Stop dunking on us! We’re right about women in the kitchen, and the lack of them! Have you heard about our scholarship??
Burger King UK ultimately apologized and deleted the tweet, though only after a Twitter user pointed out women were being harassed in the replies of the thread, and with a note from Fernando Machado, the global chief marketing officer for Burger King’s parent company Restaurant Brands International: we tried, and we’re gonna keep trying, and that’s what matters.
Burger King UK was the only Twitter account to tweet about the campaign on International Women’s Day — likely a burden of being hours ahead of other Burger King markets and receiving the brunt of the criticism before other account managers logged on — but the campaign was international. Burger King printed a full-page ad in the New York Times, that, of course, could not be pulled as easily as a few drafted tweets. The ad itself touted U.S. data, and included a link to its foundation website.
If anything, I guess the full-page ad just revealed how smart the makers of the ad campaign — an agency called David Miami — and the ad-approvers at Burger King thought this campaign was. It was full page Times ad money good. Which I guess is the initial question amid all of this, and every time something like this happens: “Who thought this was a good idea?” “How did anyone think this was OK?” And the answer, every time, is that the wrong people are making the decisions.
Maybe instead of contemplating answers for what we already know, we should consider the potential reality that, if it weren’t for a blatantly sexist setup, or just the company’s corn-cobbed response to the criticism, Burger King would have flawlessly executed a perfect International Women’s Day PR campaign. They likely would have gotten a mostly warm reception to their promotions of two $25,000 scholarships, and maybe a handful of other scholarships they’re disbursing in other countries, under the guise of “gender inequity in the kitchen.”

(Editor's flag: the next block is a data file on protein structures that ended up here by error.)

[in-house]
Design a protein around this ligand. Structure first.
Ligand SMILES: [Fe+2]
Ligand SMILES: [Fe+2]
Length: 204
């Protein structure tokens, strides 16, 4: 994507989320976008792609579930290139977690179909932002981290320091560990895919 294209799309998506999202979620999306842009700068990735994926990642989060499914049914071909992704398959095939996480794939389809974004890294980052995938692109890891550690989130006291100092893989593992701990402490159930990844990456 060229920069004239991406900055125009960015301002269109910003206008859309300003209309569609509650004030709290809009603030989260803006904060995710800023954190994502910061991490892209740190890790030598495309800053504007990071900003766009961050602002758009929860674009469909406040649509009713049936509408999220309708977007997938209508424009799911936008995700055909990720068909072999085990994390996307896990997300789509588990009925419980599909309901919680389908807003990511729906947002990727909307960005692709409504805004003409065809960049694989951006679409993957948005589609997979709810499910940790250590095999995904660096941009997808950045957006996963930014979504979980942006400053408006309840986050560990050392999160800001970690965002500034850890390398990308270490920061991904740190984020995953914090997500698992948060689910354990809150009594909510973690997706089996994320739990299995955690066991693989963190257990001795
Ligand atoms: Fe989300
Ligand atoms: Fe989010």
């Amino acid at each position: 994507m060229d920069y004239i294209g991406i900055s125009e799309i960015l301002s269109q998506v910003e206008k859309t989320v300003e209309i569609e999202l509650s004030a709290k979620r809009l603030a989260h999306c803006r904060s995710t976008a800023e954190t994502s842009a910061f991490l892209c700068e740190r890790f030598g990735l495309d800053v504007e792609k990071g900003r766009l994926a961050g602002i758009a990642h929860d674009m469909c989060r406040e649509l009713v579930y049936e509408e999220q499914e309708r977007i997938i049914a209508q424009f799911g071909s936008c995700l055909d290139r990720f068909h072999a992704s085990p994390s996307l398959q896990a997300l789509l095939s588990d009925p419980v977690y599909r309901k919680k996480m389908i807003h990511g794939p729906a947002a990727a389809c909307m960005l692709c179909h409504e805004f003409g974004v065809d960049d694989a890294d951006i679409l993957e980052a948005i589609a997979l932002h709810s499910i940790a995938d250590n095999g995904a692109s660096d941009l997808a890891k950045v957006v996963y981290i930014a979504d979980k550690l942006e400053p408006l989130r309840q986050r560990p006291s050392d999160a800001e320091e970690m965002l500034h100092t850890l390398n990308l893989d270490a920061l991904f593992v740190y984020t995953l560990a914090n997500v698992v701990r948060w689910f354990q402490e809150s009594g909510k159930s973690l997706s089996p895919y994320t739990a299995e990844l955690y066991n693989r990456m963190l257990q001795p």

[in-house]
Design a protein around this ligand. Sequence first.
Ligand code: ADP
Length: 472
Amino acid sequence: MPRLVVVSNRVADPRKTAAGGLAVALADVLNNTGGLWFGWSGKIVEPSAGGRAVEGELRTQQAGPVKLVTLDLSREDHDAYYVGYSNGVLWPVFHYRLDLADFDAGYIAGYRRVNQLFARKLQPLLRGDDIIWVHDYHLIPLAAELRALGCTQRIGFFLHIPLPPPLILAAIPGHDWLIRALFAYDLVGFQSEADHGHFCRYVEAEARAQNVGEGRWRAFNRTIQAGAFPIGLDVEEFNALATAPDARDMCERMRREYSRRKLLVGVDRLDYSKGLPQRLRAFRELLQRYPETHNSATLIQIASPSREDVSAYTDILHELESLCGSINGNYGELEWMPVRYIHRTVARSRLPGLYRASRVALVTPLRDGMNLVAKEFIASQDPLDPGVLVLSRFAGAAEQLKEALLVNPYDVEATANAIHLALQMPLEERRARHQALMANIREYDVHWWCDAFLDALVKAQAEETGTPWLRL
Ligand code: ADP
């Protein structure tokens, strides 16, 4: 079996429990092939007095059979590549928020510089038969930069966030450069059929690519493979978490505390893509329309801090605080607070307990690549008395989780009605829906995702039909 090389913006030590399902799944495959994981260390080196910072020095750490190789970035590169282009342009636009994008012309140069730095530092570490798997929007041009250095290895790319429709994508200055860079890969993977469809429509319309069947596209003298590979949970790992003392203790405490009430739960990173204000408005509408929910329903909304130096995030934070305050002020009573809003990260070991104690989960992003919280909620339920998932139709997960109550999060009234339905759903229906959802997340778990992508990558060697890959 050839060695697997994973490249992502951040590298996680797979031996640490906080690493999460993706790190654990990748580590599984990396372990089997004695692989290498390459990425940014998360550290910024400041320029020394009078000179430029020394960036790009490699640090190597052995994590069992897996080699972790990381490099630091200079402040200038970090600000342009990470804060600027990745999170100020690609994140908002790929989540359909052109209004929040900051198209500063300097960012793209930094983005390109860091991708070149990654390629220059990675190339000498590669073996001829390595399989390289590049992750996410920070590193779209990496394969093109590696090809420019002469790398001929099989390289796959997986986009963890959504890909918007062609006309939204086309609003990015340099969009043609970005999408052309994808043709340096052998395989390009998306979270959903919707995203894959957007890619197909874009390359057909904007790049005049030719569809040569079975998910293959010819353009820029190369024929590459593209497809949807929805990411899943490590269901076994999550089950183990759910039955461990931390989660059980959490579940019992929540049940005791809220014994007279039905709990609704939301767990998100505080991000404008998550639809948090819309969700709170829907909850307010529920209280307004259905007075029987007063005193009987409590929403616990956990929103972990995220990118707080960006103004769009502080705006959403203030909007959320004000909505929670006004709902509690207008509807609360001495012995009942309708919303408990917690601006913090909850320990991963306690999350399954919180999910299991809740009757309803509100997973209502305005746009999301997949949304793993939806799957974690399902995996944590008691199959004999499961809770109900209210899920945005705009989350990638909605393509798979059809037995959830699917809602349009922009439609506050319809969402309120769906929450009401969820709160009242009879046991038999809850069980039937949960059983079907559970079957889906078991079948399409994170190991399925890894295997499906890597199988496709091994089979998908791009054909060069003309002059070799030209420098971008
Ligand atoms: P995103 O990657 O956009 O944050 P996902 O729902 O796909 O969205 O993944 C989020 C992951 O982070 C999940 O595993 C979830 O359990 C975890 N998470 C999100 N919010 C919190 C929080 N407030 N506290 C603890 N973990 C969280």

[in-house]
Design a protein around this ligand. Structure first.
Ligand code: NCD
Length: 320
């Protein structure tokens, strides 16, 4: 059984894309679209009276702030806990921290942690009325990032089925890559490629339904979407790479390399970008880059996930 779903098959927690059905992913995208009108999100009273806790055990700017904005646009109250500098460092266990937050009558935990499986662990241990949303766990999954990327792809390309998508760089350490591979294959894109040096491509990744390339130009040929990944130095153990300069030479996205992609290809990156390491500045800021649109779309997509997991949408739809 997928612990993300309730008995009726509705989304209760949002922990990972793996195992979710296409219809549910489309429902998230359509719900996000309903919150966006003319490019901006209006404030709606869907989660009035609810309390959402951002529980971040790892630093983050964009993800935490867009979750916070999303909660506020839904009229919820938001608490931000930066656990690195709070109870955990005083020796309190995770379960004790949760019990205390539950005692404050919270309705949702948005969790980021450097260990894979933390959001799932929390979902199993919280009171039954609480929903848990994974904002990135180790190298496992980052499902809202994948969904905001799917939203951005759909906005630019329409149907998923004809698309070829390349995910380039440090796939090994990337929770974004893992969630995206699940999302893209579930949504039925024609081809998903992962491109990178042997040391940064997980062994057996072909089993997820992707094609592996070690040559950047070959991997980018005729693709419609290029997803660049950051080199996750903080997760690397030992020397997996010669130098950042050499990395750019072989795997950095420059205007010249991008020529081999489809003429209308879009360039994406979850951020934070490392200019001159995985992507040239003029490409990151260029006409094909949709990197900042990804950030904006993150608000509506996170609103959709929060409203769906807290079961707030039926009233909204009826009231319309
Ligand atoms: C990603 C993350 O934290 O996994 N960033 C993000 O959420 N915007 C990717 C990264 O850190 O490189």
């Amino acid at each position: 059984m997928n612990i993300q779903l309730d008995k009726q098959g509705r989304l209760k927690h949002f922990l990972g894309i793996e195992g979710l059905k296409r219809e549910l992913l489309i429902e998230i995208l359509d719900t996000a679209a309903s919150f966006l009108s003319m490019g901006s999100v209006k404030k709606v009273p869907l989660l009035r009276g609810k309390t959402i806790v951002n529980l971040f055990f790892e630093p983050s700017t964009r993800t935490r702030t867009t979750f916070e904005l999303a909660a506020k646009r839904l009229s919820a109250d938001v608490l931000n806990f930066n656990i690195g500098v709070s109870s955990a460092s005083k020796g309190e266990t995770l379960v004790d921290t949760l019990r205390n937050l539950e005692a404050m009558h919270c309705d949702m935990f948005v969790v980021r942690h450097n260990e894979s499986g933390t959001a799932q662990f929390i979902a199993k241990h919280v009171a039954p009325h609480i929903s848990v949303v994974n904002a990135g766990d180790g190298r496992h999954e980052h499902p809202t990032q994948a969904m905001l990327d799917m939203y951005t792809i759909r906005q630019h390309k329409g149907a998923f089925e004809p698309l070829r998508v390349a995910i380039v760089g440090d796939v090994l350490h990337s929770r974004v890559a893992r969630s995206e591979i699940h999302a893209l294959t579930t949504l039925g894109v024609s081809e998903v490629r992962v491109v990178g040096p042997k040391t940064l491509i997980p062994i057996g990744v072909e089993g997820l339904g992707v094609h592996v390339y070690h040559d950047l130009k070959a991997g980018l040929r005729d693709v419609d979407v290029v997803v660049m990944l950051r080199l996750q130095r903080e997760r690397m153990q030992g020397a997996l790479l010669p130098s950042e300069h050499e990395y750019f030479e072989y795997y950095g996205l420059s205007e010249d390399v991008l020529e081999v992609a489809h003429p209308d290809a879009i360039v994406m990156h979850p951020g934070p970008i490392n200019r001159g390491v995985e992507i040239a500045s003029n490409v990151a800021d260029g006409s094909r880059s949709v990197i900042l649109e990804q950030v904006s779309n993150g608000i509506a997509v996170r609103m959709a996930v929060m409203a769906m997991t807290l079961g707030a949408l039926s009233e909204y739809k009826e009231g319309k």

It’s not that I don’t think people can’t see right through this stuff. I know consumers, especially those who are Eternally Online, have become more critical than to think a fast food corporation and its low-lift campaign is correcting gender inequity. But the socialist roots of International Women’s Day continue to be made invisible by brands that position themselves as allies in the fight. The day itself has been overrun by celebrations of individual or groups of women, even fictional women, instead of celebrations of the history of women’s fight against capitalism.
I might not mind an International Women’s Day video compilation of celebrities posing with handmade signs calling themselves “limitless” if even a fraction of the mainstream narrative around this day focused on what matters about it—like what it might mean to materially support women, and liberate women on the margins from the financial consequences of gender and racial inequity, and what that might mean for corporations like Burger King that thrive off of the exploitation of labor.
Of course, that narrative is a huge conflict of interest for these corporations, which are far more obliged to celebrate the day by echoing hollow messaging about “women supporting women.” And in that context, sexist “kitchen” tweet or not, Burger King’s scholarship campaign fits right in.